monopolized by the Cisneros group (Venevisión) and the
1BC group of Phelps-Granier (Radio Caracas Televisión).
Out of 44 regional television networks, nearly all are linked
by chain to private networks Venevisión, Radio Caracas
Televisión, Televen, and Globovision. This small group
of corporations also control radio-electric spaces and the national
Since Chávez was elected president
in 1998, and especially in the tense days of the oil strikes by
business sectors in December 2001 and during the lead-up to the
coup in April 2002, this powerful private media has run a fierce
campaign to discredit him. A few hours after Chávez was
removed from office on April 11, 2002, opposition spokesperson
Napoleón Bravo came on the air and falsely broadcast that
Chávez had resigned. While opposition leaders were taking
over the presidential palace and dissolving democratic institutions,
the private media was running its regular broadcast of cooking
shows, soap operas, and cartoons. Members of the community were
deprived of access to information, as the government-owned television
station, Channel 8, and several community radio and television
stations were taken off the air.
During this time, it was mainly the alternative
print media that was able to get the message out to the people
about what was happening. According to Roberto, a worker at the
Caracas Municipal Press, activists came to the press and labored
to produce 100,000 copies of a bulletin, informing people about
what was happening. Radio Fe y Alegría also came back on
the air and began to make announcements about the coup. Through
the bulletins, alternative radio, and the exchange of text messages
through cell phones, people were able to pass on the news of the
coup and come out onto the streets in massive demonstrations that
would put Chávez back into power.
At the time of the coup, the alternative
and community media broke through the silence and misinformation
of the private media. The passing of information from mouth to
mouth was a revival of Radio Bemba, an age-old tradition of gossip
and communication in Caribbean countries, that has begun utilizing
electronic technology such as radio to multiply messages.
Since Chávez was reinstated as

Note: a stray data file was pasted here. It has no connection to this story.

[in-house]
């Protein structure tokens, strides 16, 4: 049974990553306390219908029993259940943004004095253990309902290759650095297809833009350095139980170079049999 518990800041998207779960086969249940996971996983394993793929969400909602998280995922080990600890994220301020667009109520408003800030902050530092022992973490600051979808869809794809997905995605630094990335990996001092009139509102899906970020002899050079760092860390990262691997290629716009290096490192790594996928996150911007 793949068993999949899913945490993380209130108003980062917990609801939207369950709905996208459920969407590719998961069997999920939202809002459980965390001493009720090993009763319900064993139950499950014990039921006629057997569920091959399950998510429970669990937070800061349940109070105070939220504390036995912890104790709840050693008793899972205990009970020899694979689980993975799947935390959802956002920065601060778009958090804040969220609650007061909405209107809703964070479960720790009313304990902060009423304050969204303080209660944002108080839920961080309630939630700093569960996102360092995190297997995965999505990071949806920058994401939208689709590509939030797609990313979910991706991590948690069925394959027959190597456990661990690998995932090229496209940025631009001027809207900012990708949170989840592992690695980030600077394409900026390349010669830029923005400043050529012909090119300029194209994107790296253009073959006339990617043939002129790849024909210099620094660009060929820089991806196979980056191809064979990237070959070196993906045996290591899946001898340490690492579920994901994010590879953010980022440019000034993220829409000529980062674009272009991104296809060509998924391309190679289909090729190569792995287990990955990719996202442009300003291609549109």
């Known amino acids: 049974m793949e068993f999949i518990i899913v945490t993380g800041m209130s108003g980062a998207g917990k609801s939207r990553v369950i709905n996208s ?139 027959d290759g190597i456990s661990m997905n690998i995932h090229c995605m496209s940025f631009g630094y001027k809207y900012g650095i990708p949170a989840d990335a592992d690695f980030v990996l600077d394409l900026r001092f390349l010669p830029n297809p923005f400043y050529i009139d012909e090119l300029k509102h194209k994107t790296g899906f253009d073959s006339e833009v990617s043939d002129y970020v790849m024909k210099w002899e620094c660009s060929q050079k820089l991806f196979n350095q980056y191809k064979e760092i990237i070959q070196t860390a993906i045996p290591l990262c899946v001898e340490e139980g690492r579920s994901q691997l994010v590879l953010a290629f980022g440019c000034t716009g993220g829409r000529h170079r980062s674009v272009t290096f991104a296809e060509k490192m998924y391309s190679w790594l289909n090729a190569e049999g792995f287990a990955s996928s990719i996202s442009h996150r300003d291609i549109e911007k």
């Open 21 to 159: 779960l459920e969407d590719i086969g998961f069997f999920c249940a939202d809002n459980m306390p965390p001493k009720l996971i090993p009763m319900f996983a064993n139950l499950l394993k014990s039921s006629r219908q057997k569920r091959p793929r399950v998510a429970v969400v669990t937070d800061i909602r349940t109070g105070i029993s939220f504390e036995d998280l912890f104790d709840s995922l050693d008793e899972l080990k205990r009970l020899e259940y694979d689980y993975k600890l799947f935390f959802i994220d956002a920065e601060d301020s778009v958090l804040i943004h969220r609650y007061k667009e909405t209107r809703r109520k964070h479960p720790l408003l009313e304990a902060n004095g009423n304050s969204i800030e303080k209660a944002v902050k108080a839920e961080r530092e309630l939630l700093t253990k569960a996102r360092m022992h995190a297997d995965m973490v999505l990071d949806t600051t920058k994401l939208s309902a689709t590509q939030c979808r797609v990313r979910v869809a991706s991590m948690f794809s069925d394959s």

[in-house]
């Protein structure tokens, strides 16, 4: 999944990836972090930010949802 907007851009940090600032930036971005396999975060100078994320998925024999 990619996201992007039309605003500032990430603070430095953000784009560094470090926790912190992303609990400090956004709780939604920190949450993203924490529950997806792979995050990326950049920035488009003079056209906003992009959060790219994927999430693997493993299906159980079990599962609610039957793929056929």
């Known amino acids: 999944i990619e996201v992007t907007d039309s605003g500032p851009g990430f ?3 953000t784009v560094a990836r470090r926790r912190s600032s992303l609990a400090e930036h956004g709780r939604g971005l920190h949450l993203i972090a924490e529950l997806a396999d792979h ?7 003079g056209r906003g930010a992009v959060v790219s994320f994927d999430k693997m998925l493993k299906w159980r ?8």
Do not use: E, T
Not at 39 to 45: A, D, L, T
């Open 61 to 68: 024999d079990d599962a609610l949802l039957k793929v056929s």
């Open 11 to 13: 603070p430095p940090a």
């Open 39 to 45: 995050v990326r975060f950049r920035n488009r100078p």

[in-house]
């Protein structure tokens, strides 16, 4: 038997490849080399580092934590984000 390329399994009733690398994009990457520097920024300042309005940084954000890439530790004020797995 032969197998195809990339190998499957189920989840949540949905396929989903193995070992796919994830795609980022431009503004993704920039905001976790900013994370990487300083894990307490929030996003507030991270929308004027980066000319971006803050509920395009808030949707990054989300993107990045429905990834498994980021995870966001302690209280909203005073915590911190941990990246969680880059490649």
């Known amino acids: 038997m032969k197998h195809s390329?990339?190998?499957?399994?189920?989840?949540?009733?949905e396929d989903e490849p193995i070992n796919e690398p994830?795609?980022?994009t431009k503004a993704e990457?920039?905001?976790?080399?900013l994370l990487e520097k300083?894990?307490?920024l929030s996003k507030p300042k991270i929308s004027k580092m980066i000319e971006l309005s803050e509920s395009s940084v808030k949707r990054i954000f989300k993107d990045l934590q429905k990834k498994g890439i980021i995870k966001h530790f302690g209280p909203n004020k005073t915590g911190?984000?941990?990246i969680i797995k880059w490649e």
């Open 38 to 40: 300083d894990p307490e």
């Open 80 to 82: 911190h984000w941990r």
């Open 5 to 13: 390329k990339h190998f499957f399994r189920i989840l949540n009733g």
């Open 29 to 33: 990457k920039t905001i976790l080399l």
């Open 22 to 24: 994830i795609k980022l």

President on April 13, 2002, two days after the coup, there has
been an explosion of community radio stations. Activists across
the country have sought to establish local control over the information
reaching their communities. While in 2002, there were 13 licensed
community radio stations nationally, as of June 2005, there are
170. In addition to these 170 legally recognized and funded stations,
there have emerged over 300 unsanctioned community radio stations.
These are created and operated by a range of local groups, including
indigenous people in the Amazonian south of Venezuela, peasants
in the Andean regions, Afro-Venezuelans in the coastal north of
the country, and residents of the barrios in the major urban centers.
Technological advances have made radio
broadcasting easy. For example, the community radio station Un
Nuevo Día, located in a very poor barrio in the hills above
the old highway out of Caracas, began in the bedroom of one of
the women residents. The community journalists put a borrowed
mixer, a cd player, and a microphone on the woman's dresser. They
transmitted through a small antenna. Invited guests would sit
on the woman's bed. Basic, accessible technology has allowed people
in shantytowns and poor communities across the country the possibility
to operate small-scale stations.
But community radio activists have had
to fight a hard battle with the government to have their stations
legalized. After Chávez was elected in 1998, community